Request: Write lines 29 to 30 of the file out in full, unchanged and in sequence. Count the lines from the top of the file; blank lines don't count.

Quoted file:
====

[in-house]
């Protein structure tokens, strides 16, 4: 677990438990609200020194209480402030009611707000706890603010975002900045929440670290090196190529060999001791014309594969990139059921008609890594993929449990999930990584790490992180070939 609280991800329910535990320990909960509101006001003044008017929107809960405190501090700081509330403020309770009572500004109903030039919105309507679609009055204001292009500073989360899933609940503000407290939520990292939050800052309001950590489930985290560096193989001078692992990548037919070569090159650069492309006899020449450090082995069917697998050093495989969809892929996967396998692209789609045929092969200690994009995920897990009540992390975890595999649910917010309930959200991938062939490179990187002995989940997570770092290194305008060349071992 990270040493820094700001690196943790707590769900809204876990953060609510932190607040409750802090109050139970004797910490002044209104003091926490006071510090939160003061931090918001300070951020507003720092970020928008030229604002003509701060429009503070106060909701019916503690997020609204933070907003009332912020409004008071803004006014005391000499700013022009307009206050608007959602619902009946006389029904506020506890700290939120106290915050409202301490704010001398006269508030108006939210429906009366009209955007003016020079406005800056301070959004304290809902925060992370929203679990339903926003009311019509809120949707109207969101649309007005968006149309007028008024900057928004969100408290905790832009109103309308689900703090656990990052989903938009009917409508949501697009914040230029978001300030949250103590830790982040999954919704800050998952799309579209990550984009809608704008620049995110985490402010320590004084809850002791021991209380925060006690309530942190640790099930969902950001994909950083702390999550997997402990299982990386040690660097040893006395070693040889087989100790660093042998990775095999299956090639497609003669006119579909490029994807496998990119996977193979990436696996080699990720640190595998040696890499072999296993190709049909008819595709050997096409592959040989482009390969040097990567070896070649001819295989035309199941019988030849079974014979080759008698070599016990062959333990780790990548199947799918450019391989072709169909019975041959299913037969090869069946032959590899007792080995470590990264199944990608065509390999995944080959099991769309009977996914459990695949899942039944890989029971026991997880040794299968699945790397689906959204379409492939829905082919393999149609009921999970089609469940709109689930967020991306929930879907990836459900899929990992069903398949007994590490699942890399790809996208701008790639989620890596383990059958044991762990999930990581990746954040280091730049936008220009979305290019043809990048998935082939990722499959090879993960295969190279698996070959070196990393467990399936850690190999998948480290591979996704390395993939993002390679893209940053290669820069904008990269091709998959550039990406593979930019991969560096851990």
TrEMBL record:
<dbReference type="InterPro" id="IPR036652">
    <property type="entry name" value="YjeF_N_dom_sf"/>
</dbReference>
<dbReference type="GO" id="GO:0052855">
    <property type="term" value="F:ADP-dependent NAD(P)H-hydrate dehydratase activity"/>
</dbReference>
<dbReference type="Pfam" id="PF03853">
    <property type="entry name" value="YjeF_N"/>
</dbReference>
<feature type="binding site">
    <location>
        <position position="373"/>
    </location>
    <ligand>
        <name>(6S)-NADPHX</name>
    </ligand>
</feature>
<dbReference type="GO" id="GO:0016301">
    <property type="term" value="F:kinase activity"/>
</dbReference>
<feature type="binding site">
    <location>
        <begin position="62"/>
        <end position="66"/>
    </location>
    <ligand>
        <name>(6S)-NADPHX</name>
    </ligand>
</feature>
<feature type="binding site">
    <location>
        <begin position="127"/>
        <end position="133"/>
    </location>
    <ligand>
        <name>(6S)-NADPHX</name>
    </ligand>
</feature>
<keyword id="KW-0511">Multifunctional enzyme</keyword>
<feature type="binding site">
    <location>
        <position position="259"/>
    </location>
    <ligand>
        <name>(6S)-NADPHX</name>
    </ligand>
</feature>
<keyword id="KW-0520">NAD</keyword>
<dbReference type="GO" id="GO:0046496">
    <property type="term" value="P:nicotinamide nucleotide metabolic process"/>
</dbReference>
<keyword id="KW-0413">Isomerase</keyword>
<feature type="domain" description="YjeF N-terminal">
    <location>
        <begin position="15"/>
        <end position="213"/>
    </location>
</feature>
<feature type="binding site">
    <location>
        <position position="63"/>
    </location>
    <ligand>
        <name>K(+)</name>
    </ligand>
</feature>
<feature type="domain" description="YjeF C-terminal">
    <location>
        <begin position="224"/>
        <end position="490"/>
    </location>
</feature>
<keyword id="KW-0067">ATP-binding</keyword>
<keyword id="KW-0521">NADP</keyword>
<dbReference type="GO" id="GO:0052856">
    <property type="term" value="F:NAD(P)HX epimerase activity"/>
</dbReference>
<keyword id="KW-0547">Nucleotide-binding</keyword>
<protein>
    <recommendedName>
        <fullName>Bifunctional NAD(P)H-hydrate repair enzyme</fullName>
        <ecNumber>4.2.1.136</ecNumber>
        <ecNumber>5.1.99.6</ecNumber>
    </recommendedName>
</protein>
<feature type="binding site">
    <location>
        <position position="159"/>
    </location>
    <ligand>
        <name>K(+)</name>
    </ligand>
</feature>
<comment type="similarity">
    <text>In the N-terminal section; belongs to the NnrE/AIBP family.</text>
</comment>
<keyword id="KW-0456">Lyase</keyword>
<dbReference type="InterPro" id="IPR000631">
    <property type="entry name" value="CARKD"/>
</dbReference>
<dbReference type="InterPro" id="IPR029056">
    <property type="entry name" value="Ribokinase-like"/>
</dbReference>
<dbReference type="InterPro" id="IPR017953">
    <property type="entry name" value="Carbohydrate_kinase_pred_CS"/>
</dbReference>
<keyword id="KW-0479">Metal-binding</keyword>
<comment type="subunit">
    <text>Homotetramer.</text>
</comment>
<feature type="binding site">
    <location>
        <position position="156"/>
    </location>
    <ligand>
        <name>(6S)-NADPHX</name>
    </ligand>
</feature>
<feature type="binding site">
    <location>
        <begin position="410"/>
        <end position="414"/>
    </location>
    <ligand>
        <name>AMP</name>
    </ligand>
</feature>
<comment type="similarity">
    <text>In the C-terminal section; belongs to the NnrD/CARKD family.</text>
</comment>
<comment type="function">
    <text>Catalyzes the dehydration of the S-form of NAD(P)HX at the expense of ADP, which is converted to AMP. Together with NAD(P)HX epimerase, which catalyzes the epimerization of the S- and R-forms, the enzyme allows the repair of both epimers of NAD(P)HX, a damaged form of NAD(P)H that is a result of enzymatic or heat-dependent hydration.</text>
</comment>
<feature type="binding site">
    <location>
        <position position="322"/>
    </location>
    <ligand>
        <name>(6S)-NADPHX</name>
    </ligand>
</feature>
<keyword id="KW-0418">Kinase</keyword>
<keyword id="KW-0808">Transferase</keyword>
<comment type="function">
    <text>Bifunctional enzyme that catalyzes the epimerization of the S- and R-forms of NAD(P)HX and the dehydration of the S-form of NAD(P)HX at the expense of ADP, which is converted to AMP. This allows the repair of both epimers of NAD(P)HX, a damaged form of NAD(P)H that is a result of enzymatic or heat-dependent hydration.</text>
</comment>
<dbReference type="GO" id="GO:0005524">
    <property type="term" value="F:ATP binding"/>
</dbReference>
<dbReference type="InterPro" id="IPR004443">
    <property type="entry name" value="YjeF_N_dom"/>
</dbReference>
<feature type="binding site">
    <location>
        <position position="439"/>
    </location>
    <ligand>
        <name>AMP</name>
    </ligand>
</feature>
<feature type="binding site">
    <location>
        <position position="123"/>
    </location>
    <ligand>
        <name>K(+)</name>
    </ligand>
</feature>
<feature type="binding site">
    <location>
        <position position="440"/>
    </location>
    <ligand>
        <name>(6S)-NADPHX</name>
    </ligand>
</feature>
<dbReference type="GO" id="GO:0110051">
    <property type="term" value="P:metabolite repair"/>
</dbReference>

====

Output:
    <ligand>
        <name>(6S)-NADPHX</name>